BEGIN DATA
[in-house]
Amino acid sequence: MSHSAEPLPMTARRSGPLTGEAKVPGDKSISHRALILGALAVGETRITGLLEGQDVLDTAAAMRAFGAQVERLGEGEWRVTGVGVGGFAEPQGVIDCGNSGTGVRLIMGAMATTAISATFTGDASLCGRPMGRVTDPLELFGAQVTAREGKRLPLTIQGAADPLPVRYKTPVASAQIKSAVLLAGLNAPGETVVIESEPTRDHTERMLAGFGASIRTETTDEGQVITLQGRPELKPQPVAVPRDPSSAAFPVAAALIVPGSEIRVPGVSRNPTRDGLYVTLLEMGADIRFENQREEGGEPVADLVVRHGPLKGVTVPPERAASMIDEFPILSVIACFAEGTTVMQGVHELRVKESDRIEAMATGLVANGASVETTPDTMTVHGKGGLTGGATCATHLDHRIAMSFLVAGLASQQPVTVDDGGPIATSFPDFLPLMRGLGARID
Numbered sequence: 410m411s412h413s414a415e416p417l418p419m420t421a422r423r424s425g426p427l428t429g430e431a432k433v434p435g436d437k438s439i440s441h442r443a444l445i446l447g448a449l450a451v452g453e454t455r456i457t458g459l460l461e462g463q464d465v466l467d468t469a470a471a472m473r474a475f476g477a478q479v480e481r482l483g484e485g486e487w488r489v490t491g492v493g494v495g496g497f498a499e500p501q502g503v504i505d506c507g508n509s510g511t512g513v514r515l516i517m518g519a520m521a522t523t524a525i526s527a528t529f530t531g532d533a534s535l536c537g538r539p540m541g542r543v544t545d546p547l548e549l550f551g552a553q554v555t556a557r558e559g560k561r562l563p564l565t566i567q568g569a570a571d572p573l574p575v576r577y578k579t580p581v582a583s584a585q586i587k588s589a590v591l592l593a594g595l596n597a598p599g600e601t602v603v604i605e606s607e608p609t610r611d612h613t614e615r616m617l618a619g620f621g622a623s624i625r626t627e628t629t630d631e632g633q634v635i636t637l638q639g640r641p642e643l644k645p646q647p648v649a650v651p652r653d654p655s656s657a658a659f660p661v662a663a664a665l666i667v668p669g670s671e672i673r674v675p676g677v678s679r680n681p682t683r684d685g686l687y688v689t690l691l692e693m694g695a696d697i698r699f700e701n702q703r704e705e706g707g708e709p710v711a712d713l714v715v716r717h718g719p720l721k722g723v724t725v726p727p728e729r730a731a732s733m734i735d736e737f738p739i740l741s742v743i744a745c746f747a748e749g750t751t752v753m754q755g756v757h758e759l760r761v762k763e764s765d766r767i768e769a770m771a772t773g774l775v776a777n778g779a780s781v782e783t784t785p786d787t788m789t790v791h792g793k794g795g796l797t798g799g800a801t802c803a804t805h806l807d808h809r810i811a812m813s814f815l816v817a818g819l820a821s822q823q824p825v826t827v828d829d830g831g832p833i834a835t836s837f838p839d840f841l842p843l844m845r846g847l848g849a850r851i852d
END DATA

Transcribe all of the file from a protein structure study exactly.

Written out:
[in-house]
Amino acid sequence: MSHSAEPLPMTARRSGPLTGEAKVPGDKSISHRALILGALAVGETRITGLLEGQDVLDTAAAMRAFGAQVERLGEGEWRVTGVGVGGFAEPQGVIDCGNSGTGVRLIMGAMATTAISATFTGDASLCGRPMGRVTDPLELFGAQVTAREGKRLPLTIQGAADPLPVRYKTPVASAQIKSAVLLAGLNAPGETVVIESEPTRDHTERMLAGFGASIRTETTDEGQVITLQGRPELKPQPVAVPRDPSSAAFPVAAALIVPGSEIRVPGVSRNPTRDGLYVTLLEMGADIRFENQREEGGEPVADLVVRHGPLKGVTVPPERAASMIDEFPILSVIACFAEGTTVMQGVHELRVKESDRIEAMATGLVANGASVETTPDTMTVHGKGGLTGGATCATHLDHRIAMSFLVAGLASQQPVTVDDGGPIATSFPDFLPLMRGLGARID
Numbered sequence: 410m411s412h413s414a415e416p417l418p419m420t421a422r423r424s425g426p427l428t429g430e431a432k433v434p435g436d437k438s439i440s441h442r443a444l445i446l447g448a449l450a451v452g453e454t455r456i457t458g459l460l461e462g463q464d465v466l467d468t469a470a471a472m473r474a475f476g477a478q479v480e481r482l483g484e485g486e487w488r489v490t491g492v493g494v495g496g497f498a499e500p501q502g503v504i505d506c507g508n509s510g511t512g513v514r515l516i517m518g519a520m521a522t523t524a525i526s527a528t529f530t531g532d533a534s535l536c537g538r539p540m541g542r543v544t545d546p547l548e549l550f551g552a553q554v555t556a557r558e559g560k561r562l563p564l565t566i567q568g569a570a571d572p573l574p575v576r577y578k579t580p581v582a583s584a585q586i587k588s589a590v591l592l593a594g595l596n597a598p599g600e601t602v603v604i605e606s607e608p609t610r611d612h613t614e615r616m617l618a619g620f621g622a623s624i625r626t627e628t629t630d631e632g633q634v635i636t637l638q639g640r641p642e643l644k645p646q647p648v649a650v651p652r653d654p655s656s657a658a659f660p661v662a663a664a665l666i667v668p669g670s671e672i673r674v675p676g677v678s679r680n681p682t683r684d685g686l687y688v689t690l691l692e693m694g695a696d697i698r699f700e701n702q703r704e705e706g707g708e709p710v711a712d713l714v715v716r717h718g719p720l721k722g723v724t725v726p727p728e729r730a731a732s733m734i735d736e737f738p739i740l741s742v743i744a745c746f747a748e749g750t751t752v753m754q755g756v757h758e759l760r761v762k763e764s765d766r767i768e769a770m771a772t773g774l775v776a777n778g779a780s781v782e783t784t785p786d787t788m789t790v791h792g793k794g795g796l797t798g799g800a801t802c803a804t805h806l807d808h809r810i811a812m813s814f815l816v817a818g819l820a821s822q823q824p825v826t827v828d829d830g831g832p833i834a835t836s837f838p839d840f841l842p843l844m845r846g847l848g849a850r851i852d